Thursday, March 10, 2016
Sure, That's Horrible, but Mine's Horribler
What's the worst sentence you've ever written? How about the worst paragraph? Is it the one you just wrote before you started reading this post? Somewhere else in your current work? A previous work? C'mon, folks, this is cards-on-the-table time.
We all do 'em, or at least we think we do. But are they really that awful? Sometimes when I've reviewed my work, the sentence that I thought was so Medusa-like turns out not to be so bad. But while revising, another screamer will pop up that needs to be buried in a landfill.
Now, what happens if you try, really try, to write a lunch-losing sentence? The worst of the worst. Well, if you think you're bad writer enough, here's your chance to find out. There are honest-to-Gaia contests where you can get your bad writing self out there and see if you have the wrong stuff. So, pull out your tired, your trite, your muddled clichés, and check these out.
Oh, the illiteracy!
For sheer audacity, there's The Bulwer-Lytton Fiction Contest, named after the father of bad openers, Edward George Bulwer-Lytton. Just try to beat "It was a dark and stormy night." Here's their site: http://www.bulwer-lytton.com/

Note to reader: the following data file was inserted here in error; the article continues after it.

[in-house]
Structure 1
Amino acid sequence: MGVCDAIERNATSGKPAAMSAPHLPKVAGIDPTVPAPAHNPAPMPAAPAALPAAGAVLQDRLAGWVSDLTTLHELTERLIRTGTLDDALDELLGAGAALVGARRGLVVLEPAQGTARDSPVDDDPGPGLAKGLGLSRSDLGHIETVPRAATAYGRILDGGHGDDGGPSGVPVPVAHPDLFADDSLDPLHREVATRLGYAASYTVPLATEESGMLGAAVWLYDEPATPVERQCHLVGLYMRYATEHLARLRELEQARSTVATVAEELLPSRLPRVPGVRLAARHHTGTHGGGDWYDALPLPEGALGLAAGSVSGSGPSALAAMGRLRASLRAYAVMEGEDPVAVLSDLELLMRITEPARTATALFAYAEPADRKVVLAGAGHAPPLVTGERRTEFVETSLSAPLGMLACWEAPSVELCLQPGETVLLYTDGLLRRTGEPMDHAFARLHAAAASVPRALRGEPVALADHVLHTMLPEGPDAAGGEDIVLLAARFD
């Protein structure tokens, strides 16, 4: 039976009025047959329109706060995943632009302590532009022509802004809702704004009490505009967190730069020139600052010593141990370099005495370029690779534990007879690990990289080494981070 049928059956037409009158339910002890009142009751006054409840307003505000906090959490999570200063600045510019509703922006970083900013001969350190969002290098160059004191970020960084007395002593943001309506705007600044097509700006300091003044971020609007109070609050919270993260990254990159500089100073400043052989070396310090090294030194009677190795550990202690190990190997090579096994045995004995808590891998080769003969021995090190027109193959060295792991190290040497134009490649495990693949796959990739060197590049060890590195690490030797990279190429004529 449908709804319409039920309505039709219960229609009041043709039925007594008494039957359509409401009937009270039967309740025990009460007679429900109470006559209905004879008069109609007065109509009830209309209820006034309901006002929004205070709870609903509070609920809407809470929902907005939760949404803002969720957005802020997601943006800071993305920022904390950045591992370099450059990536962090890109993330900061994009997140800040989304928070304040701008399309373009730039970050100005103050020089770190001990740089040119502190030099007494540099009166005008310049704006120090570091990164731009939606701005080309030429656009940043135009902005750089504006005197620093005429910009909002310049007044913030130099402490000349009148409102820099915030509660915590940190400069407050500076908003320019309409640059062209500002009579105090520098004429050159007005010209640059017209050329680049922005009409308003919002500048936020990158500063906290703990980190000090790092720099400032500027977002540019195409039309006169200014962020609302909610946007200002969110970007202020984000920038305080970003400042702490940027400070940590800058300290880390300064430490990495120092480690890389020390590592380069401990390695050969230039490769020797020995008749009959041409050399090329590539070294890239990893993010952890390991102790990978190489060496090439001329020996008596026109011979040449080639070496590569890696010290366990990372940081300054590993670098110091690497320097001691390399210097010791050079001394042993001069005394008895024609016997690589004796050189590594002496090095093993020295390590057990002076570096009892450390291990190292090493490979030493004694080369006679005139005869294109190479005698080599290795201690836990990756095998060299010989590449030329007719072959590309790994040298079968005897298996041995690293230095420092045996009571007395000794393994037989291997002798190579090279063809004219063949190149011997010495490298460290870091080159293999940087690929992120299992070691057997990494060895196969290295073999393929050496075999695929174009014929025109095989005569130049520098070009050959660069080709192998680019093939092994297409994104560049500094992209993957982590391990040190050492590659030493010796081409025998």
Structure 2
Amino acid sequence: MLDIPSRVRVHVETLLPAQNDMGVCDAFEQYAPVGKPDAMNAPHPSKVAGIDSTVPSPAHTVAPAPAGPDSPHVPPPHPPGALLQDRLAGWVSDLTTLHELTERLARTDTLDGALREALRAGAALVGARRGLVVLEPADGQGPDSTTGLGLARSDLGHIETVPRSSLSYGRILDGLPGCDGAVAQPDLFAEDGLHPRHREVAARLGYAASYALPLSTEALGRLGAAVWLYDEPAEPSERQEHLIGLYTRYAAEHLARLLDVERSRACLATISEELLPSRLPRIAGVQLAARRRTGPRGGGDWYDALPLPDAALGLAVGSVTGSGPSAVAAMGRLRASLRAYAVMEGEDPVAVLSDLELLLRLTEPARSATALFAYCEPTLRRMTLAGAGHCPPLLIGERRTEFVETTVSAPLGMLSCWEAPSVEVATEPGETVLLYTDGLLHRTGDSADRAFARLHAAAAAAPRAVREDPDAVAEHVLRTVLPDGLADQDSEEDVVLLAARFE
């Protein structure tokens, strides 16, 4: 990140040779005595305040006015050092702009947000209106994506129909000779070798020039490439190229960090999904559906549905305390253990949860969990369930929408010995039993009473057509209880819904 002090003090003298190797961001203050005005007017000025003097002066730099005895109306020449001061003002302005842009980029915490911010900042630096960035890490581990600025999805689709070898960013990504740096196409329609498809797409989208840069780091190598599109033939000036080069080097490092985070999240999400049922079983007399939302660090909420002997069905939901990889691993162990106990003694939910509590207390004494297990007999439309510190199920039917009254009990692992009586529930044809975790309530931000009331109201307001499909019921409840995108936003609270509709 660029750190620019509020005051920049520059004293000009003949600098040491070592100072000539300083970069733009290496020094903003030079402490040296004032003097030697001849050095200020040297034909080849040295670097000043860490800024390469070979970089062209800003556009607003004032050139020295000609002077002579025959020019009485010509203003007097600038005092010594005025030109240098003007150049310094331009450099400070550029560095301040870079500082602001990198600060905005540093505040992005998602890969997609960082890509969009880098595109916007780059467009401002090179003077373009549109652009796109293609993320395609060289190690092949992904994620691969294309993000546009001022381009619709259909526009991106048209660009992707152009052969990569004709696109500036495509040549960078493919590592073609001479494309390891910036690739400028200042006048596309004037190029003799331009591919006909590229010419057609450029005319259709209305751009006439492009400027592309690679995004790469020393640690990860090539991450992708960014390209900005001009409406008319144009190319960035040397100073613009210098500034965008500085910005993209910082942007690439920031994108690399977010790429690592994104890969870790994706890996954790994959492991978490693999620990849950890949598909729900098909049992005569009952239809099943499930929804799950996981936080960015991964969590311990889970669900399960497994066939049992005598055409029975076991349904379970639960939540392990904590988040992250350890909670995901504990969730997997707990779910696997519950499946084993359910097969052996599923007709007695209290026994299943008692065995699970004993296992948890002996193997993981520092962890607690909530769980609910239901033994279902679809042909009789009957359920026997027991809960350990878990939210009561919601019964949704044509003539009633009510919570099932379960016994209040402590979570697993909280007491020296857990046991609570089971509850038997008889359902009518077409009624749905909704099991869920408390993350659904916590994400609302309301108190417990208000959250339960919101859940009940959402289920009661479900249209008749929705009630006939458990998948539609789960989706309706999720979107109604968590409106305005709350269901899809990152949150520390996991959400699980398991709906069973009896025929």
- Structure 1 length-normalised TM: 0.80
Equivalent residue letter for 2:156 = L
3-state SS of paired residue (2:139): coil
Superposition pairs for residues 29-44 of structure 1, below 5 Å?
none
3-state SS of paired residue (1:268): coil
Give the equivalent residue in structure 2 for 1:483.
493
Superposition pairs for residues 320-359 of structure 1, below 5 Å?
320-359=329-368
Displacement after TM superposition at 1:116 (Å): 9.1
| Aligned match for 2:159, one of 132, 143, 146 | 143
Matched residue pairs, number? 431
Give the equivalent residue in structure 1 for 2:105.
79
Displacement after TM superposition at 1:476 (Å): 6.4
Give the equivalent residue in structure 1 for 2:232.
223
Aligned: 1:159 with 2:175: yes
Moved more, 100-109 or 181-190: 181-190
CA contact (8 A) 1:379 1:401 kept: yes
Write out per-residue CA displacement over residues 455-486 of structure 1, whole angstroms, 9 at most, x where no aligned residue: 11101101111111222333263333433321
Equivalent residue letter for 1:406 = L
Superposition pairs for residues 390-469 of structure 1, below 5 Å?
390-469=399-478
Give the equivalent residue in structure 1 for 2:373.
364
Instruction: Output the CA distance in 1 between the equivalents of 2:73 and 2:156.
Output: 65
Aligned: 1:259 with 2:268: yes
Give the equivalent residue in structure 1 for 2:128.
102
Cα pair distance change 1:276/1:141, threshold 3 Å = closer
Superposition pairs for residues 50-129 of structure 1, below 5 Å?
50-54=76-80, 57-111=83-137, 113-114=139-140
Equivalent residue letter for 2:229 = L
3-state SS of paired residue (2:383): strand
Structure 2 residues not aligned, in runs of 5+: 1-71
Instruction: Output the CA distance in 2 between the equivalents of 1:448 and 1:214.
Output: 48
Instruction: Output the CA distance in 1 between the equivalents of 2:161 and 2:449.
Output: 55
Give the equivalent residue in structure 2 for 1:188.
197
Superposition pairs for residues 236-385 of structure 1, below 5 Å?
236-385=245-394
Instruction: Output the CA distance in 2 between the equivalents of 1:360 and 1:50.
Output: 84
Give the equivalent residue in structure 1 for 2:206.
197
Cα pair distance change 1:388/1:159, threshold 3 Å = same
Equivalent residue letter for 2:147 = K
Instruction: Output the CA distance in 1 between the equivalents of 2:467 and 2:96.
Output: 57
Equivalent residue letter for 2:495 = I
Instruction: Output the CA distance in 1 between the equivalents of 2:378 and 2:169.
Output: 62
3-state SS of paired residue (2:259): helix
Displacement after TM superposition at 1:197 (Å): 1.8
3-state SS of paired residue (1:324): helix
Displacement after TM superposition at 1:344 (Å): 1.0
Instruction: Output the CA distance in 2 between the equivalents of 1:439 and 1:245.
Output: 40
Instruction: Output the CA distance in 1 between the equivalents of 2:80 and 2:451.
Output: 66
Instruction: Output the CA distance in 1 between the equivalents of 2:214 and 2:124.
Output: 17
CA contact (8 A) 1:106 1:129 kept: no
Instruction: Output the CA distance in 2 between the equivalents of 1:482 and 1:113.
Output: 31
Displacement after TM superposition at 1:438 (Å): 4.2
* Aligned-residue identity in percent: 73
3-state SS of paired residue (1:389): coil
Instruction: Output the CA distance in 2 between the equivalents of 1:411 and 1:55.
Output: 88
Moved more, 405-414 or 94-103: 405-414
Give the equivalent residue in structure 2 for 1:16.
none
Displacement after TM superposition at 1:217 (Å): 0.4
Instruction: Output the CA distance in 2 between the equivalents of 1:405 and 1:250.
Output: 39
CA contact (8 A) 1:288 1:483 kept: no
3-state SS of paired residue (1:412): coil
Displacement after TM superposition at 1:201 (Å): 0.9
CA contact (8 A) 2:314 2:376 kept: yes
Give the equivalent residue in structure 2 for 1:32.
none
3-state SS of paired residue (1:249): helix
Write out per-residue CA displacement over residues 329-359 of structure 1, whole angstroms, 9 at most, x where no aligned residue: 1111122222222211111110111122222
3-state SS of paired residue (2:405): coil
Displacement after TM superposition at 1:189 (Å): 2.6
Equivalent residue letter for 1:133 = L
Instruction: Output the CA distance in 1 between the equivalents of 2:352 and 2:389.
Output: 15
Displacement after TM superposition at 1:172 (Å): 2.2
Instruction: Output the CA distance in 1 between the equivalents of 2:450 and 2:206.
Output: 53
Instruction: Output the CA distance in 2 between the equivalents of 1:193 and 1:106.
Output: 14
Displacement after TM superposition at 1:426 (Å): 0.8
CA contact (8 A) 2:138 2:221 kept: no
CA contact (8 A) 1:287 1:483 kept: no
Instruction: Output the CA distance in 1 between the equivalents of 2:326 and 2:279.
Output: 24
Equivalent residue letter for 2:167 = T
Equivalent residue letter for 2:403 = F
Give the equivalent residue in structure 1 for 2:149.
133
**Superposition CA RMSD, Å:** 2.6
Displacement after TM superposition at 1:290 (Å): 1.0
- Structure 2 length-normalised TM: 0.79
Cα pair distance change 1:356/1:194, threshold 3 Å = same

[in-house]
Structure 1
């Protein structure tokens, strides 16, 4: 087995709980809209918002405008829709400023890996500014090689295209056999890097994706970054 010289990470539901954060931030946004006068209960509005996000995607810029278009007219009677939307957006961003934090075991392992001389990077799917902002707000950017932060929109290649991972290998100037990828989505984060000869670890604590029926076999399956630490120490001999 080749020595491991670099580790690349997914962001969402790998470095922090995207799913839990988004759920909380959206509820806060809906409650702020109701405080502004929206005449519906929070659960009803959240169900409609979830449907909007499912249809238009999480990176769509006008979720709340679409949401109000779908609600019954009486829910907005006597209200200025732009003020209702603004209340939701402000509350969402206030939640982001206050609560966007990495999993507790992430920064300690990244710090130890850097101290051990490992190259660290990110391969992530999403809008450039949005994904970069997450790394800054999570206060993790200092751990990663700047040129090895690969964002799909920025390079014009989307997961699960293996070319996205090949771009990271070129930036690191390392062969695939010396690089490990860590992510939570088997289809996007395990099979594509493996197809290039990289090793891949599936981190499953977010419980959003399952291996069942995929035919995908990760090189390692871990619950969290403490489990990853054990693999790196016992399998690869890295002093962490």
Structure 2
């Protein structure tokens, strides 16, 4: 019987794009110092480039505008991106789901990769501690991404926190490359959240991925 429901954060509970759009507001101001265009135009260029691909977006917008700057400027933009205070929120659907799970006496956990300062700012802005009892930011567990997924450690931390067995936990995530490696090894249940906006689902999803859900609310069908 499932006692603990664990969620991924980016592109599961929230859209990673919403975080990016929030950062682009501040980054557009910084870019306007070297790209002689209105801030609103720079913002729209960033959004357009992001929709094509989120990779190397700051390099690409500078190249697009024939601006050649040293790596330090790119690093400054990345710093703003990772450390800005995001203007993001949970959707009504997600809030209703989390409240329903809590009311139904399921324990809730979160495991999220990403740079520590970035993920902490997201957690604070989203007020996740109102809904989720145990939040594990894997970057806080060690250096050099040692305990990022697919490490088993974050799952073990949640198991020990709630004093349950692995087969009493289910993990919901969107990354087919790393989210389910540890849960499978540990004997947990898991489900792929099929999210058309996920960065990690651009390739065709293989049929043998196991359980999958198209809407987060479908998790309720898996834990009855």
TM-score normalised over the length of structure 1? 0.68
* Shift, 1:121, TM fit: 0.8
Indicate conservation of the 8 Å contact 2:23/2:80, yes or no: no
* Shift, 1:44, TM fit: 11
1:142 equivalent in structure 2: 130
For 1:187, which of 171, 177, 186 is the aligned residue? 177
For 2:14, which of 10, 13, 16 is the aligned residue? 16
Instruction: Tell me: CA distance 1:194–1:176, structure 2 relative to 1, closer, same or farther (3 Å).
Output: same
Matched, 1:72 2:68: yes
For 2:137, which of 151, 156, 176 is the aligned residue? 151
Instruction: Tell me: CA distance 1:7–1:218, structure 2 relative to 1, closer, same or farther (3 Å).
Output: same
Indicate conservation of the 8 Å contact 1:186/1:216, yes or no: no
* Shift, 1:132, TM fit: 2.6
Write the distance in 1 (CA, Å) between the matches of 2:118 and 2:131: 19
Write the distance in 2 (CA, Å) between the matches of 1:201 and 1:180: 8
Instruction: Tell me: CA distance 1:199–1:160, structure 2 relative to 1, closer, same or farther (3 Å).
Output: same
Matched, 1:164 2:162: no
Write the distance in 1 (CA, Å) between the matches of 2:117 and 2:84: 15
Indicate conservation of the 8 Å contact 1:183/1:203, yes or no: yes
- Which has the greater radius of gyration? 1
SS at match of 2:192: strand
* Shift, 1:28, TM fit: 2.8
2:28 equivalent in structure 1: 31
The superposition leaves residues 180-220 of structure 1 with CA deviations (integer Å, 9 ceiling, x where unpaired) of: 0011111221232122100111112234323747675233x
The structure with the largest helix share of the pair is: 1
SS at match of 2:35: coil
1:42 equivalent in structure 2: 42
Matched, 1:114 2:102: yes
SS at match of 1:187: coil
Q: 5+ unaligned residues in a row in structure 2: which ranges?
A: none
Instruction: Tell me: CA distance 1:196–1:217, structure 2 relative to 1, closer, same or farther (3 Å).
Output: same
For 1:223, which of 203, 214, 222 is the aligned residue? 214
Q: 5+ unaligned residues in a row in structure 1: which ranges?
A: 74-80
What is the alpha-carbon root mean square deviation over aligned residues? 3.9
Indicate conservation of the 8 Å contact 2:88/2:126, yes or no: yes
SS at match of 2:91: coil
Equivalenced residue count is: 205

And, sadly, the only other contests of this ilk I could find have closed shop. Back in 1998, the journal "Philosophy and Literature" held their 4th annual Bad Writing Contest, but, alas, no longer. Here's a link to what little I found: http://denisdutton.com/bad_writing.htm
For many years, there was an International Imitation Hemingway Competition, but it too, has been edited out of existence: https://en.wikipedia.org/wiki/International_Imitation_Hemingway_Competition
The only active one I'm aware of is the Bulwer-Lytton, which I entered two or three years ago. I tried, really, really hard, to write something stinkingly bad, but I just wasn't good enough...or bad enough. Maybe one of my sentences in this here post would be a candidate?
I'll leave you with this. I'm reading a book called "Wretched Writing", by Ross Petras and Kathryn Petras. They've compiled some of the worst writing from a plethora of sources, including...gasp!...famous authors. Here's an example:
"They were both roughly the same age, in their very early fifties, though a hundred years earlier they would have appeared much younger." D. F. Jones, Colossus (1966)
Keep writing, friends, and badly.